# Finding fault in proof [contains logical quantifiers]

## Homework Statement

Consider the following incorrect theorem: $∃x∈ℝ ∀y∈ℝ (xy^2 = y-x)$

[Translation (not part of the original problem statement): There is at least an $x∈ℝ$ such that, for every $y∈ℝ$, $(xy^2 = y-x)$.]

What's wrong with the following proof?

Let $x = y(y^2+1)$, then
$y-x=y-y/(y^2+1)=y^3/(y^2+1)=y/(y^2+1) * y^2=xy^2$​

## Homework Equations

$1. (xy^2 = y-x)$

$2. x = y(y^2+1)$

$3. y-x=y-y/(y^2+1)=y^3/(y^2+1)=y/(y^2+1) * y^2=xy^2$

## The Attempt at a Solution

Since the first equation is to be proven and the third equation seem to be correct, i think that the problem lies in the second.
I have transformed the theorem as follow:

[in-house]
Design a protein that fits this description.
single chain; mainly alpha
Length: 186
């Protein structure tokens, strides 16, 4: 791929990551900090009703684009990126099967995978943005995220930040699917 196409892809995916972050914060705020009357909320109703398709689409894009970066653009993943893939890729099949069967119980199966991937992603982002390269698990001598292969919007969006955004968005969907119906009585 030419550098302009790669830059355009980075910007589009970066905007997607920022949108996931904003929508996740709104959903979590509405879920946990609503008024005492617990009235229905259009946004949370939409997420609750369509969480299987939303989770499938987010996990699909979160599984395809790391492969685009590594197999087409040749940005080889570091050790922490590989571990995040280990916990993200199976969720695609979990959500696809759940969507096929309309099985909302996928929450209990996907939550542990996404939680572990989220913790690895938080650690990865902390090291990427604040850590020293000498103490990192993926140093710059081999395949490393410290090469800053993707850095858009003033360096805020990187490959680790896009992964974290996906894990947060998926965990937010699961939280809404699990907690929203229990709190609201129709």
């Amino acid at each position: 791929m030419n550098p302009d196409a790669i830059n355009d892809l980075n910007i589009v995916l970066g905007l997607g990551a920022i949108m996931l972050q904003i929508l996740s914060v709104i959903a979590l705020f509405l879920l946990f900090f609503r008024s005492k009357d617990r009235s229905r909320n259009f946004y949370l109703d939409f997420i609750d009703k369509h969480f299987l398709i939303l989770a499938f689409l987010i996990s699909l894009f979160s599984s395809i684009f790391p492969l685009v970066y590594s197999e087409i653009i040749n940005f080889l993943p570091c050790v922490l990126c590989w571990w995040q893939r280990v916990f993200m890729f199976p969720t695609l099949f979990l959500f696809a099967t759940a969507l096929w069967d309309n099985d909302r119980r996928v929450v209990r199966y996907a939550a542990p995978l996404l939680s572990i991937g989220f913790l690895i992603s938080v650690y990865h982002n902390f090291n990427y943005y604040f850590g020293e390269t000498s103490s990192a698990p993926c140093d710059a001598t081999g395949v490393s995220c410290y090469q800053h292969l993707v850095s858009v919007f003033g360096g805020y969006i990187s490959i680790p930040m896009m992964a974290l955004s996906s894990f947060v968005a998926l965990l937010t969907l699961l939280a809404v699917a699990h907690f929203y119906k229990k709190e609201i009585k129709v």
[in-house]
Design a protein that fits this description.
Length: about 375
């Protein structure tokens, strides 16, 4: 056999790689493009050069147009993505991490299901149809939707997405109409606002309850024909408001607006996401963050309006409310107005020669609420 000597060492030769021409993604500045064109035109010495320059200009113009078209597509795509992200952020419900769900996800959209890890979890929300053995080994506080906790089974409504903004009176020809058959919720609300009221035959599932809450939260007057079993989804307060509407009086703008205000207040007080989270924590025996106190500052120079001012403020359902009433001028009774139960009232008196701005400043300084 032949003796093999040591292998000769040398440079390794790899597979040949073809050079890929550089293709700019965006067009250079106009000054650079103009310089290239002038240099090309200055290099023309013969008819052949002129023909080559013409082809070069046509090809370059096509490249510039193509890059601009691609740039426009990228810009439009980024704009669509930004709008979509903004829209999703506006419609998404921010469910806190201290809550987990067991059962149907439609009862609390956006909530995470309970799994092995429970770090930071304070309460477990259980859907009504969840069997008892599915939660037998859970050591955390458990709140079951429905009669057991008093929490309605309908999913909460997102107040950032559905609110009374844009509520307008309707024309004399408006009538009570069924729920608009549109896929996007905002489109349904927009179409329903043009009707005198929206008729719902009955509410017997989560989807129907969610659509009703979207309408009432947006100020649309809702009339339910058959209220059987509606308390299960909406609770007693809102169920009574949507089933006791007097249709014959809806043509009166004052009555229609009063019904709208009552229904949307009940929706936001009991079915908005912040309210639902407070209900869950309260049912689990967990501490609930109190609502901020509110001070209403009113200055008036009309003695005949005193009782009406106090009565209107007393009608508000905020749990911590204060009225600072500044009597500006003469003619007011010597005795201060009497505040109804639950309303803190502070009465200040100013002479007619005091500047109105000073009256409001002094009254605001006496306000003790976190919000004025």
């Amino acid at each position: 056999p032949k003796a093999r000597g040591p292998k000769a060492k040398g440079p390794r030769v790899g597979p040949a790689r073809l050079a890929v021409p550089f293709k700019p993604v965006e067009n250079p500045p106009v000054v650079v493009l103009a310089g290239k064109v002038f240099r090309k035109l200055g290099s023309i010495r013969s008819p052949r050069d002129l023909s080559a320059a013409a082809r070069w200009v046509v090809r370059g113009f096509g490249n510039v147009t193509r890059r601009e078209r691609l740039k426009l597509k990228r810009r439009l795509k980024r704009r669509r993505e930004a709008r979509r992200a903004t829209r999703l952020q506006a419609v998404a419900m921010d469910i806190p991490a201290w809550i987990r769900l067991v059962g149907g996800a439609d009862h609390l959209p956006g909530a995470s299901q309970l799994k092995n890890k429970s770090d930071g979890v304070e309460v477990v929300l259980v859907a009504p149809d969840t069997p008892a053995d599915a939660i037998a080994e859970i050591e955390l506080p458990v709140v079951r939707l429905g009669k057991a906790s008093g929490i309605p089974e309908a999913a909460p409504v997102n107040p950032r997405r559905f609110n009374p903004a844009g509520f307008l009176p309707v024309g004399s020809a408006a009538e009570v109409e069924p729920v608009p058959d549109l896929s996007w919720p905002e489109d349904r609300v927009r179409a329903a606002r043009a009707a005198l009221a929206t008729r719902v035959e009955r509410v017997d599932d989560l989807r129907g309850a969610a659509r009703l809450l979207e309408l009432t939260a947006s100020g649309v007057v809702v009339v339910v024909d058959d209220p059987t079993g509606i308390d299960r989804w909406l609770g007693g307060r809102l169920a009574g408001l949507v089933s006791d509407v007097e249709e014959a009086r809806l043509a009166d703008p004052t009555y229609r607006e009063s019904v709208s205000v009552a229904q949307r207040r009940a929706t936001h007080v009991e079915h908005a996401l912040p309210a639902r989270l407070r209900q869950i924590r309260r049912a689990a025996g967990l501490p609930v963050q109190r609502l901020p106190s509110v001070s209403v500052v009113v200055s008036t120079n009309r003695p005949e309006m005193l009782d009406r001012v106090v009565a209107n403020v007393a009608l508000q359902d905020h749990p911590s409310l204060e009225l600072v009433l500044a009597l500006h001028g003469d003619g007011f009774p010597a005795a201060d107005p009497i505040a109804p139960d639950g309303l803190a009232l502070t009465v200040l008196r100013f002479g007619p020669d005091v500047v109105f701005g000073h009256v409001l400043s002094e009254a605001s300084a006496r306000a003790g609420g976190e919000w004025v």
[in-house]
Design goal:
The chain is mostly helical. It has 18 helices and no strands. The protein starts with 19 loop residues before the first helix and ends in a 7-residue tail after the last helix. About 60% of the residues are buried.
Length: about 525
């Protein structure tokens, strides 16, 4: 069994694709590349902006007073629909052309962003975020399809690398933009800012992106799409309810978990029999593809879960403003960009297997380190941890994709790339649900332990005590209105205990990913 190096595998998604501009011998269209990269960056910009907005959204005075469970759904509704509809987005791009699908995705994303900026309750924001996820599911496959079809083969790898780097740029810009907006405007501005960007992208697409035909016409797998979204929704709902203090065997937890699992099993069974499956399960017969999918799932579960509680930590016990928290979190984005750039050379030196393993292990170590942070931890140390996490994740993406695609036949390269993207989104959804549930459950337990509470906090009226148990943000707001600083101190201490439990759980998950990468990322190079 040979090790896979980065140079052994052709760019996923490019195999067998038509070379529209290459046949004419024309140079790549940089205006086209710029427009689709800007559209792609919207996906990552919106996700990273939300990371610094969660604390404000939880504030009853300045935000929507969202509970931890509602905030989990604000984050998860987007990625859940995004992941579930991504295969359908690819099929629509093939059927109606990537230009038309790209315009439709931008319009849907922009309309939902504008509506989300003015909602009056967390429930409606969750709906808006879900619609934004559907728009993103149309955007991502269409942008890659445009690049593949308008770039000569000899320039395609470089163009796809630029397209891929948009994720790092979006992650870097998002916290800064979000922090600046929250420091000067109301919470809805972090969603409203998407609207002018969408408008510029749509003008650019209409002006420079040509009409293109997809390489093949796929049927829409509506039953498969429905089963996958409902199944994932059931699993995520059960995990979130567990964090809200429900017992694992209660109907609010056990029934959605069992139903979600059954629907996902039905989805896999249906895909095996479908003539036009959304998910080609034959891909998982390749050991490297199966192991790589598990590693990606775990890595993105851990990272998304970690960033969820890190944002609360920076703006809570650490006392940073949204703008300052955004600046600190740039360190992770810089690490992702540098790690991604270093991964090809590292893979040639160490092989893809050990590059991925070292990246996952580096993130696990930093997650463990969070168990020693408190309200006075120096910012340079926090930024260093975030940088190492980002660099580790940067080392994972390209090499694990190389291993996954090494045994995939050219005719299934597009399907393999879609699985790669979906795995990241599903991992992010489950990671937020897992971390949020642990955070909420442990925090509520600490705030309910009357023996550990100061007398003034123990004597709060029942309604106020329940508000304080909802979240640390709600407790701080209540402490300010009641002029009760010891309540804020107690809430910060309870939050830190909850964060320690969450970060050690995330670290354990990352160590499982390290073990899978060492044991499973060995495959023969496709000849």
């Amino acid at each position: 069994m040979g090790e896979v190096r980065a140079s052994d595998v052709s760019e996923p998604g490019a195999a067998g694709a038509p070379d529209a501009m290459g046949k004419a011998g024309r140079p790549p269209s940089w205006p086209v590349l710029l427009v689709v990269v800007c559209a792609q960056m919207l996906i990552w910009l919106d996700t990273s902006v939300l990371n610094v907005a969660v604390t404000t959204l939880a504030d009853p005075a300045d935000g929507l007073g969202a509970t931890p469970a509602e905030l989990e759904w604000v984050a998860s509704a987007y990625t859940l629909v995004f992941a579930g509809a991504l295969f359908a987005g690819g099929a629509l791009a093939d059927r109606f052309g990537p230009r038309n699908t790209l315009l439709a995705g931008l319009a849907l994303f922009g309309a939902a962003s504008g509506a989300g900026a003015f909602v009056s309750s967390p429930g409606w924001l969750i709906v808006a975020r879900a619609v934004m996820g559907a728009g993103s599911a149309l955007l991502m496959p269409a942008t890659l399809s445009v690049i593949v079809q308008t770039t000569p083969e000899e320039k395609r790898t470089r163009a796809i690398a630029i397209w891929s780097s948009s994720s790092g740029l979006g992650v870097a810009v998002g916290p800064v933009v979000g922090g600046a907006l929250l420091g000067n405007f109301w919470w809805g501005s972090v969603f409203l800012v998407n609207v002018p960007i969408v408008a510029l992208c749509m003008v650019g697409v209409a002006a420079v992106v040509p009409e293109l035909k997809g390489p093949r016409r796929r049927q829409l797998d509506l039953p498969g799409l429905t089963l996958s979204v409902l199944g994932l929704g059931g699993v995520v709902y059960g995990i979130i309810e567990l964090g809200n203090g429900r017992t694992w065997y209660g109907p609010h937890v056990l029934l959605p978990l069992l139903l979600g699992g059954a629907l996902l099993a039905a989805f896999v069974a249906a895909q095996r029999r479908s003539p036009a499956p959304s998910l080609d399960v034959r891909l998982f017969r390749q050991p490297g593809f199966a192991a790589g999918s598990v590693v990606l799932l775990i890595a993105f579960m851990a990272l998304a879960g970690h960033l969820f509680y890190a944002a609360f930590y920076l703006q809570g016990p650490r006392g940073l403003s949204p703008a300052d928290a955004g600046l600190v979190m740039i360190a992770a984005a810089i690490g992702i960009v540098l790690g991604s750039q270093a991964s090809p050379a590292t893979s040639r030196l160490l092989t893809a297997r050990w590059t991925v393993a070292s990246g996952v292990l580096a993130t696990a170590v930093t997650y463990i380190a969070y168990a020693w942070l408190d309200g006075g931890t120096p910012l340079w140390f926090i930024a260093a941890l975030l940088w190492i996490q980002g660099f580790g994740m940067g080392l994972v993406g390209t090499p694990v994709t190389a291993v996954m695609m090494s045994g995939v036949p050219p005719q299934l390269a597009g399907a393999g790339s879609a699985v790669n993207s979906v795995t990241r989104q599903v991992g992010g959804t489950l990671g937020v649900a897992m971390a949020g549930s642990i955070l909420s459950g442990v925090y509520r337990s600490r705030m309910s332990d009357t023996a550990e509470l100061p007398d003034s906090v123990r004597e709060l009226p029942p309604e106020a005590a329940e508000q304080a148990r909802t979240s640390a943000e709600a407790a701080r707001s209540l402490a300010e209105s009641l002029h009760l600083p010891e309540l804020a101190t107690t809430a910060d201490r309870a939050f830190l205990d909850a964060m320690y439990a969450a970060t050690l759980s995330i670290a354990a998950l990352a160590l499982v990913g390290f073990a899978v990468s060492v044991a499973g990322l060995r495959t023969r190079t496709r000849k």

$[∃x∈ℝ ∀y∈ℝ (xy^2 = y-x)] = [∃x(x∈ℝ∧∀y(y∈ℝ→(xy^2=y-x))]$
From this, i thought that since one of the things to prove is that there is at least an actual x that is true for all y, the substitution done in equation 2 is not correct (since x is substituted not with an actual value but a free variable).
But i'm not sure if this is really the reason for why the proof is incorrect. Any help will be appreciated.

Related Precalculus Mathematics Homework Help News on Phys.org
What's wrong with the following proof?

Let $x = y(y^2+1)$

This is already wrong. x is a single number and can't depend on y

• iopz

This is already wrong. x is a single number and can't depend on y
I see, thank you!